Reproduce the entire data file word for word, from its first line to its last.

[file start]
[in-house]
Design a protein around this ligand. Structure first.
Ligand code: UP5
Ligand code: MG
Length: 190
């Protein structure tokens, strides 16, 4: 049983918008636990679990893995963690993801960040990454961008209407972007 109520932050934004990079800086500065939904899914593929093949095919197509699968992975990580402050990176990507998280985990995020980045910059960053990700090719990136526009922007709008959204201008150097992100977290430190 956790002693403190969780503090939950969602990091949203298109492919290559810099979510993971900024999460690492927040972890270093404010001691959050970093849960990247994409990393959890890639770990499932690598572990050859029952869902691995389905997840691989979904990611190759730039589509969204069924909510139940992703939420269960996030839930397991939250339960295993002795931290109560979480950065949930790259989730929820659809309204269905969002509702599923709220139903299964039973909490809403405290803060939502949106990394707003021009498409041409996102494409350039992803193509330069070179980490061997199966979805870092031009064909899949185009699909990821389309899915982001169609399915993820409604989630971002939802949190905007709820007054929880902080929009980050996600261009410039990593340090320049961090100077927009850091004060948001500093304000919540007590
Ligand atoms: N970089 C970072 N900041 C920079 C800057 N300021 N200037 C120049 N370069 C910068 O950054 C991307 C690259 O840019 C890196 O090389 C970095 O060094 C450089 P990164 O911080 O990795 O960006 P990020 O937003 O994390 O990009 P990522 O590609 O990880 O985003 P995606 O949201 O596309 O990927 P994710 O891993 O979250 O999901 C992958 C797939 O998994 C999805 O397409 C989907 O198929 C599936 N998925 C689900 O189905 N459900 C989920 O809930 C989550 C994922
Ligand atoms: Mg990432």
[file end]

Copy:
[in-house]
Design a protein around this ligand. Structure first.
Ligand code: UP5
Ligand code: MG
Length: 190
């Protein structure tokens, strides 16, 4: 049983918008636990679990893995963690993801960040990454961008209407972007 109520932050934004990079800086500065939904899914593929093949095919197509699968992975990580402050990176990507998280985990995020980045910059960053990700090719990136526009922007709008959204201008150097992100977290430190 956790002693403190969780503090939950969602990091949203298109492919290559810099979510993971900024999460690492927040972890270093404010001691959050970093849960990247994409990393959890890639770990499932690598572990050859029952869902691995389905997840691989979904990611190759730039589509969204069924909510139940992703939420269960996030839930397991939250339960295993002795931290109560979480950065949930790259989730929820659809309204269905969002509702599923709220139903299964039973909490809403405290803060939502949106990394707003021009498409041409996102494409350039992803193509330069070179980490061997199966979805870092031009064909899949185009699909990821389309899915982001169609399915993820409604989630971002939802949190905007709820007054929880902080929009980050996600261009410039990593340090320049961090100077927009850091004060948001500093304000919540007590
Ligand atoms: N970089 C970072 N900041 C920079 C800057 N300021 N200037 C120049 N370069 C910068 O950054 C991307 C690259 O840019 C890196 O090389 C970095 O060094 C450089 P990164 O911080 O990795 O960006 P990020 O937003 O994390 O990009 P990522 O590609 O990880 O985003 P995606 O949201 O596309 O990927 P994710 O891993 O979250 O999901 C992958 C797939 O998994 C999805 O397409 C989907 O198929 C599936 N998925 C689900 O189905 N459900 C989920 O809930 C989550 C994922
Ligand atoms: Mg990432």